I became your mama a dozen years ago today.
I had no idea what I was doing back then. There are plenty of days when I still have no idea.
But I do know this. Being your mother has been and always will be one of the great joys of my life.
Before my dream of becoming a mom was fulfilled—and for several years thereafter—I never thought much about the future you. Oh, I definitely prayed for your future—your heart and growth and spiritual development. I pondered the way the world was going and wondered how everything I was teaching you would ever stick.
But while I occasionally dreaded the days when you would enter seasons that were hard for me, I never really looked ahead to what those days would actually be like, to what you would actually be like when you reached them.
Maybe this is because I’m a recovering worrier and thinking too much into the future is hazardous to my health. Whatever the case, nothing could have prepared me for what I’ve seen unfolding right before my eyes as I’ve watched you this past year.
Before we met you, the people at your orphanage told us three critical facts about you: You played hard, you slept hard and you showed excitement at food.
Let me just borrow a phrase from Mel B. (your favorite America’s Got Talent judge) and say this: they were spot on.
When you were younger, you ran non-stop. It wasn’t until you went to school fulltime in first grade that you stopped taking naps every day. And your metabolism was off the charts, which explains the amount of food you used to eat and the speed at which you consumed it.
You were always in a hurry and always hungry—for food, for motion, for fun.
We’d look at the work you brought home from school, complete with large, sloppy letters, misspelled words and careless math errors. “It’s better to be right than fast,” your dad would say. We didn’t realize, back then, that you were developing the ability to be right and fast.
Just last summer, when you were serving on the student leadership team of your ballet school’s end-of-year show, the production coordinator told me that working with you is like working with three people. Beautiful girl, you’re only 12, but you flat-out know how to get things done!
With you, though, it’s not really about the process. It’s about the people. You love people. When you were little, you would always find some other kid at whatever playground we were at and ask the scariest question your introverted mother can imagine. Not, “Do you want to play?” or, “Can I have some of your goldfish crackers?”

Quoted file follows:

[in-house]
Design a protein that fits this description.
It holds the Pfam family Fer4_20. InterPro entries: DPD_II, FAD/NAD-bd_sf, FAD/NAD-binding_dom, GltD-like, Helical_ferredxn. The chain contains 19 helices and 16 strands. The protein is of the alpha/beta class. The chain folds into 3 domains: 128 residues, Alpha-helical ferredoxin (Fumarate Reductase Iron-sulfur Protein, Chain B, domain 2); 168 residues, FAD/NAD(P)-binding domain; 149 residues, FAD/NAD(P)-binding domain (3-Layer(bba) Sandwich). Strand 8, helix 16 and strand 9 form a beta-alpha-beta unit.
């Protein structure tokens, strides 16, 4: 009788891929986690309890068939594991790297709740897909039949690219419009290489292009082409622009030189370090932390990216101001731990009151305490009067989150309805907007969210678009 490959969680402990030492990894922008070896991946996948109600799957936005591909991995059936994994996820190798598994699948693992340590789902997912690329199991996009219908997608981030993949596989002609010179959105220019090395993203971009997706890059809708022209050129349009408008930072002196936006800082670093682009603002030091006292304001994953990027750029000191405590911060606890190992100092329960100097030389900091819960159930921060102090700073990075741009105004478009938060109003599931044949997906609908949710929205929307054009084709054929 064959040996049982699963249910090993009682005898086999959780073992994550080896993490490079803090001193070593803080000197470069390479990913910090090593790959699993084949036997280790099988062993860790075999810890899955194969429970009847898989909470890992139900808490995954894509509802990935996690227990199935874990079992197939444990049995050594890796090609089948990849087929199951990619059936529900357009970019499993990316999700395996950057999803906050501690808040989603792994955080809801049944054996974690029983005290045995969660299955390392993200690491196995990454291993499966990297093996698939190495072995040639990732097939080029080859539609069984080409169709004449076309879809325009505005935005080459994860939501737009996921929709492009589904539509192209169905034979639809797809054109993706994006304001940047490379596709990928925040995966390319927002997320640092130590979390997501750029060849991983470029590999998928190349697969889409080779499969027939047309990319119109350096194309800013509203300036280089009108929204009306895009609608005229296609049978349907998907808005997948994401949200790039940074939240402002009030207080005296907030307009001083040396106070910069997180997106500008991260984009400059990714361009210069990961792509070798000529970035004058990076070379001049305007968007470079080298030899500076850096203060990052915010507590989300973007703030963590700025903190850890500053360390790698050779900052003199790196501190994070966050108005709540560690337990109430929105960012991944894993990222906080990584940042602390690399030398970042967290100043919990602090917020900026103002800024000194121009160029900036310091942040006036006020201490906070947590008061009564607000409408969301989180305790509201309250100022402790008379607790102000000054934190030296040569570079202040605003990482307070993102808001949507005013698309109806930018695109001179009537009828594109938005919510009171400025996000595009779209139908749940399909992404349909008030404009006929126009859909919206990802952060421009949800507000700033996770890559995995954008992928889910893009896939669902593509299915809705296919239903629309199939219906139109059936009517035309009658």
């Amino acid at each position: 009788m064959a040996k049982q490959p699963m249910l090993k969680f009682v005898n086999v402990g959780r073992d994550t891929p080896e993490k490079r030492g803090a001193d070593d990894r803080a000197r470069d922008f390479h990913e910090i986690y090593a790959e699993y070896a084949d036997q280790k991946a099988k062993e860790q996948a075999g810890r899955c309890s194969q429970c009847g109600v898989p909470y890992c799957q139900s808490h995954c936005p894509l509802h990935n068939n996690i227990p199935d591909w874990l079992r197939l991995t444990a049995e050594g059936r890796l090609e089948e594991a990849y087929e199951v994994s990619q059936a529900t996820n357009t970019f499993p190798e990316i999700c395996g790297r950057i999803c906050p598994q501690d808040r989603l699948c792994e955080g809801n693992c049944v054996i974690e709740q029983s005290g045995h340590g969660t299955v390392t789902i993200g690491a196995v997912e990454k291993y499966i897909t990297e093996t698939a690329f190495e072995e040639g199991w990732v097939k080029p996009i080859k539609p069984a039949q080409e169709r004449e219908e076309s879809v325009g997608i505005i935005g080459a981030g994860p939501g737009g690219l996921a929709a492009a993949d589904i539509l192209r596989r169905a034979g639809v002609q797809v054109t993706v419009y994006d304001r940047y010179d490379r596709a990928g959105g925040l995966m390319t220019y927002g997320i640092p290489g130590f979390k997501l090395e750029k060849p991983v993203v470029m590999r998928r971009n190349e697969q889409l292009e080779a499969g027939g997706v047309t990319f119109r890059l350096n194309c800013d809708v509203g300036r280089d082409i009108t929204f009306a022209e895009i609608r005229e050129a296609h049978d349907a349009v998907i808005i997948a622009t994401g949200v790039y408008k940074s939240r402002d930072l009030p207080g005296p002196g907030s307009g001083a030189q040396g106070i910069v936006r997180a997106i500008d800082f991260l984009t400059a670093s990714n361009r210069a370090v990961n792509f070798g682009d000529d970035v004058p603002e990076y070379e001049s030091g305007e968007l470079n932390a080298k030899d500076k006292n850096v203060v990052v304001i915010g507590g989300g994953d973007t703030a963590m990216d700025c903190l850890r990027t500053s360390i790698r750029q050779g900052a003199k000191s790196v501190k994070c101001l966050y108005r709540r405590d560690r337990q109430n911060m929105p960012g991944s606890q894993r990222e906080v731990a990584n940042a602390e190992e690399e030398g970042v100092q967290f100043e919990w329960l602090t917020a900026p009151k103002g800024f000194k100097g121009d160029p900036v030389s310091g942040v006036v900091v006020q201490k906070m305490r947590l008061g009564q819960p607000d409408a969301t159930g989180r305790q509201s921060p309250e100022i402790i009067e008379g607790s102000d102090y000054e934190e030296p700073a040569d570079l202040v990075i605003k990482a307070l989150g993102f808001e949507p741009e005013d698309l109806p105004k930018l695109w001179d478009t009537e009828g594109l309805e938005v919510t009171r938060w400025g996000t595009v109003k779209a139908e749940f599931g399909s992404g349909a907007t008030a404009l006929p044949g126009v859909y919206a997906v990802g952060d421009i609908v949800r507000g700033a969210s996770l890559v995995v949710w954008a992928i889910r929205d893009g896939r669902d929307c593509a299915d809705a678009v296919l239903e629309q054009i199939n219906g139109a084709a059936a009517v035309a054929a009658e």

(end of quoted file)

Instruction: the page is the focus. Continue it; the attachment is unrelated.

It was always, “Will you be my friend?”
You gradually gave that up as you got older, but you still find friends everywhere. And you are a good friend, too. You look out for your pals, you draw things out of them, and yes, you call them out when necessary. What I would have given to have a friend like you when I was in middle school!
One morning, as we drive by the high school, you tell me how you can’t wait to go there because “there are so many more people.” As if the 750 students at your current school are not enough. I scratch my head and shake it in wonder at the same time.
Before you could talk, I never would have imagined the conversations we’d have some day—in the minivan, at the kitchen island, high above the giraffes on the sky tram at the Omaha Zoo. You may roll your eyes at the “life lessons” I’m always teaching you, but you are learning them. I can see it in how you relate to everyone around you, from your classmates and elderly grandparents to strangers at Wal-Mart and the preschoolers next door who adore you.
Just the other day on the way to school, you were marveling at how similar various members of our family are even though we’re not related by blood. You’re right, you know. That’s how this miracle we know as adoption works.
We waited so long for you and prayed so hard—that you’d be healthy, happy and just right for our family. And the verse we put on your adoption announcement pretty much sums up how we felt about you—then, and now: “We prayed for this child, and the Lord has granted us what we asked of Him.” (I Sam. 1:27-28)